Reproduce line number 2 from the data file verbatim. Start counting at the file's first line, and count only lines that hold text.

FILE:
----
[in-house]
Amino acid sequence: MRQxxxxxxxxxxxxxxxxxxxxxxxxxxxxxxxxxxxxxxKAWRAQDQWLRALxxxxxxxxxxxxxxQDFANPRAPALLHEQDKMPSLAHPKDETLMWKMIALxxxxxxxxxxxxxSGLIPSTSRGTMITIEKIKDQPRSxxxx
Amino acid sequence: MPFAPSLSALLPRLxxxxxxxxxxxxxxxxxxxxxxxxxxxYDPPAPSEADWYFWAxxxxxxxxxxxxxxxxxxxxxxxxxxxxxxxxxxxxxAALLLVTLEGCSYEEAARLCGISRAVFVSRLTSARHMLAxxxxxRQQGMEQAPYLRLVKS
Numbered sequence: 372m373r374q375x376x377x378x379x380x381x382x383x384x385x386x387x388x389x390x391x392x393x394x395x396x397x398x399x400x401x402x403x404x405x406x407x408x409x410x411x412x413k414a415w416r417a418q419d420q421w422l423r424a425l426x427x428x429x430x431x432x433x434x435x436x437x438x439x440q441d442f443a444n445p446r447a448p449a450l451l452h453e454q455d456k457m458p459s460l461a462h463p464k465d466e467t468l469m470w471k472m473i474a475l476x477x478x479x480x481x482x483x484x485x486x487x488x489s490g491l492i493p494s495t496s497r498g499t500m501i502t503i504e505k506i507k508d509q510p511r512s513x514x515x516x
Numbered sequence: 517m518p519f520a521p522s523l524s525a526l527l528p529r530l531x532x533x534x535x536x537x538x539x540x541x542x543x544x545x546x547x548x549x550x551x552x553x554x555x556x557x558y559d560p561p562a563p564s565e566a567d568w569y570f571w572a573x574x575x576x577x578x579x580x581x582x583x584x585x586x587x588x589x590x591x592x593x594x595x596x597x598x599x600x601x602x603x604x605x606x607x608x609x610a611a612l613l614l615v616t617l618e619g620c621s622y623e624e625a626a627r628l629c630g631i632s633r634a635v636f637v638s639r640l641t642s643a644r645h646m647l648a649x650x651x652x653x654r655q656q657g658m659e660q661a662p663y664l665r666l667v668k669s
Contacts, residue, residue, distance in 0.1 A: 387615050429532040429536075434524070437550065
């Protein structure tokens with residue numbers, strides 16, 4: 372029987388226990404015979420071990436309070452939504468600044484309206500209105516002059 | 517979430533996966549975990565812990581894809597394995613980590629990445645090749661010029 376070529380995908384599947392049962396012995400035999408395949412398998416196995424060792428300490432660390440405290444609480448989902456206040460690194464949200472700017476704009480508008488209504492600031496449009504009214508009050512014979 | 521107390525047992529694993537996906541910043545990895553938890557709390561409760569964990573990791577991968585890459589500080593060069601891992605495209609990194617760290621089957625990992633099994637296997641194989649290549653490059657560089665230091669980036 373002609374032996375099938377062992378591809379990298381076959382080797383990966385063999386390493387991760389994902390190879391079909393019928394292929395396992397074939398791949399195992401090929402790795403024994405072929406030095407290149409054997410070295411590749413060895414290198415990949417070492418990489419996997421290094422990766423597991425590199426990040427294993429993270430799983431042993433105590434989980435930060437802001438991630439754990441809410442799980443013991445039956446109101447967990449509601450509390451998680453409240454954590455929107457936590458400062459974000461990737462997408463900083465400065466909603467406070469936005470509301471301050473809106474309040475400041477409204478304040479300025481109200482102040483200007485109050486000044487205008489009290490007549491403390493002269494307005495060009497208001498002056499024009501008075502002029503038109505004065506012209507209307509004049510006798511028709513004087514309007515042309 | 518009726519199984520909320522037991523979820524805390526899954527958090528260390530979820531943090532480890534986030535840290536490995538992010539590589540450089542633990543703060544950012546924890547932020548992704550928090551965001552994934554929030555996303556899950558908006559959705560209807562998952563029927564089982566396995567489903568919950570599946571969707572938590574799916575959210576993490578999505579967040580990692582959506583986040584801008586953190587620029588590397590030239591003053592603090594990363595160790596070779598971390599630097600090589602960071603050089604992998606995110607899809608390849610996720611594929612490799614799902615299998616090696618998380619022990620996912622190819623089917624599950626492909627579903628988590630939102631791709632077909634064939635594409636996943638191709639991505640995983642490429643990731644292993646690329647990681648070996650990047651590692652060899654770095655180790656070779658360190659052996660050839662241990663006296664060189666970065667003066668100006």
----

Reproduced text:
Amino acid sequence: MRQxxxxxxxxxxxxxxxxxxxxxxxxxxxxxxxxxxxxxxKAWRAQDQWLRALxxxxxxxxxxxxxxQDFANPRAPALLHEQDKMPSLAHPKDETLMWKMIALxxxxxxxxxxxxxSGLIPSTSRGTMITIEKIKDQPRSxxxx